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Judith WilliamsJudith Williams is a Ph.D. Candidate in sociocultural anthropology. A former chef and caterer, her research interests involve food labor, racial hierarchy, colorism, and the negotiation of racial inequalities. Her dissertation will explore the practices, traditions and socio-cultural beliefs, that reproduce and justify continued anti-black discrimination, within Miami’s restaurant industry, as well as the ways in which this discrimination is resisted and contested. Judith is a McKnight doctoral fellow and holds a master’s degree in Hospitality Management. Prior to pursuing her PhD, she was a Chef instructor at FIU’s Chaplin School of Hospitality Management.
Walter LittleWalter E. Little is the author of nine books and edited volumes and has published over 90 articles and reviews. His monograph, Mayas in the Marketplace: Tourism, Globalization, and Cultural Identity (Texas, 2004), won Best Book of 2005 from the New England Council for Latin American Studies and his co-edited volume, Street Economies in the Urban Global South (SAR, 2013) won the Society for the Anthropology of Work Book Prize in 2014.
Dr. Little was raised on a farm near Logansport, Indiana. Upon getting a BA in journalism at Roosevelt University in Chicago in 1987, he spent the following two years working in Central America and traveling over land to Lake Titicaca, after which he returned to Chicago where he earned an MA in anthropology at the University of Illinois, Chicago. He completed his PhD in cultural anthropology at University of Illinois, Urbana-Champaign.
He is a cultural anthropologist at the University at Albany, SUNY, who studies the socio-economic and political lives of Mesoamericans. His multi-sited ethnographic research in Guatemala and Mexico aims to understand heritage and tourism practices in urban places with attention to identity politics and handicrafts sales to tourists. His research explores Kaqchikel and K'iche' Mayas' livelihoods as artisans and vendors in urban heritage sites, as a way to learn how about socio-economic mobility and the creative ways in which Mayas have made do and, even, thrived in a political system that has long discriminated against them.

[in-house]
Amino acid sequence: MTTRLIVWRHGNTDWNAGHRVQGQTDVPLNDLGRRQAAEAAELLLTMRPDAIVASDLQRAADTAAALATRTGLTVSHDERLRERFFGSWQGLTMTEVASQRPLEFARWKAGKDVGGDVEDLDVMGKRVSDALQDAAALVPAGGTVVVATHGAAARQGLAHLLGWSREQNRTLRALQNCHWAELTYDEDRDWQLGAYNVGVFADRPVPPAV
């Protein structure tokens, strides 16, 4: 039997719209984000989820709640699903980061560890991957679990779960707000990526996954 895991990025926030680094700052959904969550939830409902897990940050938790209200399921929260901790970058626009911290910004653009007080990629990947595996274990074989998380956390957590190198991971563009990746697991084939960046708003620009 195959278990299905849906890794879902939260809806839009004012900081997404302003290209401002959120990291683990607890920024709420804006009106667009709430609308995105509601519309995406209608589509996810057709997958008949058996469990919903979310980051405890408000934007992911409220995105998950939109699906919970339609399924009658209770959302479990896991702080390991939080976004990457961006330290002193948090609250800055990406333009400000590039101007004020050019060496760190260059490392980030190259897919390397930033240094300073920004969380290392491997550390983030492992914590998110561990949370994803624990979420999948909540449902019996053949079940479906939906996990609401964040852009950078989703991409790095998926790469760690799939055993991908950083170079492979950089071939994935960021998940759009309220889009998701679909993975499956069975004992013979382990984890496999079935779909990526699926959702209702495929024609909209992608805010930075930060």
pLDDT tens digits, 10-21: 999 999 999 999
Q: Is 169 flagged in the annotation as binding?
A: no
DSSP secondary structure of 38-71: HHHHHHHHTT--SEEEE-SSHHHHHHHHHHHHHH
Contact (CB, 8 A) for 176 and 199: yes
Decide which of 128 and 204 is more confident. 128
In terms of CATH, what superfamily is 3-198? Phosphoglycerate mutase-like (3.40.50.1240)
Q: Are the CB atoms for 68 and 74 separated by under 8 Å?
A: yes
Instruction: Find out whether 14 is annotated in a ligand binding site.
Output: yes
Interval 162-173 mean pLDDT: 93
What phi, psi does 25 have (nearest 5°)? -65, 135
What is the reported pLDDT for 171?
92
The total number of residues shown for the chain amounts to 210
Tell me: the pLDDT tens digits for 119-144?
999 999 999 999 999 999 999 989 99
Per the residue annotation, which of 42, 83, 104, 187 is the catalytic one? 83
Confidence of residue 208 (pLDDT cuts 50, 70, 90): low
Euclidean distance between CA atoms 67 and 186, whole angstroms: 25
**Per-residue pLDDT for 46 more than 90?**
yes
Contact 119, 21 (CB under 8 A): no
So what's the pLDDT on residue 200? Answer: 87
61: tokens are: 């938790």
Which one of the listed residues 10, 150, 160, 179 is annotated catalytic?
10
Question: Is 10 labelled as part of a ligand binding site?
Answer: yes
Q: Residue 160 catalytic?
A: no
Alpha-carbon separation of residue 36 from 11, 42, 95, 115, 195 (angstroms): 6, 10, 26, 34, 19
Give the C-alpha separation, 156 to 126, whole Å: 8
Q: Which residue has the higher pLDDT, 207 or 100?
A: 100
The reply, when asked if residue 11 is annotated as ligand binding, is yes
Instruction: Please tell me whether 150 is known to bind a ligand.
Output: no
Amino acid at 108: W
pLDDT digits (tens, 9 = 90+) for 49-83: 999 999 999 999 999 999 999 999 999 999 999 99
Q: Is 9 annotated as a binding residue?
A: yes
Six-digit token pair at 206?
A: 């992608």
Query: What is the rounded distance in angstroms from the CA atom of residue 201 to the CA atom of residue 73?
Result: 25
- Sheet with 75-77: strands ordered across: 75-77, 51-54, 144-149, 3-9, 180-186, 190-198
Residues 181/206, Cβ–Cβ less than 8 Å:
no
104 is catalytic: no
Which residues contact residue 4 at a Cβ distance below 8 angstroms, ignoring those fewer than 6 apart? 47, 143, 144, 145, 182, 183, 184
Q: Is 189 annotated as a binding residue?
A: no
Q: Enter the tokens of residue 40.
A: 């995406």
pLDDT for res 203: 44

Chingchai MethaphatI am a medical anthropologist, with the background in nursing and public health.
Tara LumpkinTara is the founder of Voices for Biodiversity, a nonprofit project that uses the art of nonfiction storytelling to build a diverse story-sharing community to save biodiversity. In addition, she is an environmental and medical anthropologist who has worked as an international development consultant for the United Nations Children’s Fund, the United States Agency for International Development, and various nongovernmental organizations. Prior to her international work, Tara interned with High Country News, an environmental newspaper and was a professor in the Writing and Media at Loyola University in Baltimore, MD. She has published poetry, fiction, and nonfiction, as well as having won more than half a dozen writing prizes, fellowships, and grants. Tara currently is at work on Throwing the Bones, an eco-memoir.
Linda HallLinda Jean Hall, a retired Information Technology Engineer, now is an engaged anthropologist dedicated to serving the tangible educational needs of future generations. The first steps towards a new future were taken in 2005 when she traveled to visit friends in Ecuador and began taking classes that led to the completion of a bachelor’s degree in Spanish at UCSB. Concurrently, she collaborated with Savannah Brogdan, a childhood friend, to self-publish a memoir of their life- experiences from 1948-1966 entitled Three Rivers Crossed. In order to achieve the goal to become a professor, Linda completed a Ph.D. in Cultural Anthropology at UCR, two MAs at UCSB; one degree in Latin American and Iberian Studies (2010) and another Master’s in Anthropology (2014). Currently, Linda is a lecturer at UCLA in Chicana/o Studies and a part-time researcher. She specializes in bringing to the forefront the lived experiences of Afro and Latino diasporic and previously ignored groups. Her area of specialization is the immigration of US Ecuadorian migrants of all ethnicities to the U.S.
Dmitry BondarenkoI graduated with the M.A. degree cum laude in 1990 from the Moscow State University, Department of Ethnography, School of History. I completed my Ph.D. in 1993 and D.Sc. in 2000 at the Russian Academy of Sciences. At present, I am Vice-Director for Research of the Institute for African Studies of the Russian Academy of Sciences, Director of the Inrternational Center of Anthropology of the National Research University Higher School of Economics, and Full Professor with the Center of Social Anthropology of the Russian State University for the Humanities. In the past, I was a visiting scholar with the Program of African Studies of Northwestern University (Evanston, USA), Institut fuer Geschichte (Goettingen, Germany), and Maison des sciences de l'homme (Paris, France). I have lectured at universities of Russia, the USA, Egypt, Tanzania, Slovenia, and Angola. I have conducted field research in a number of African countries (Tanzania, Nigeria, Benin, Rwanda, Zambia, Uganda) and among Black people in Russia and the USA.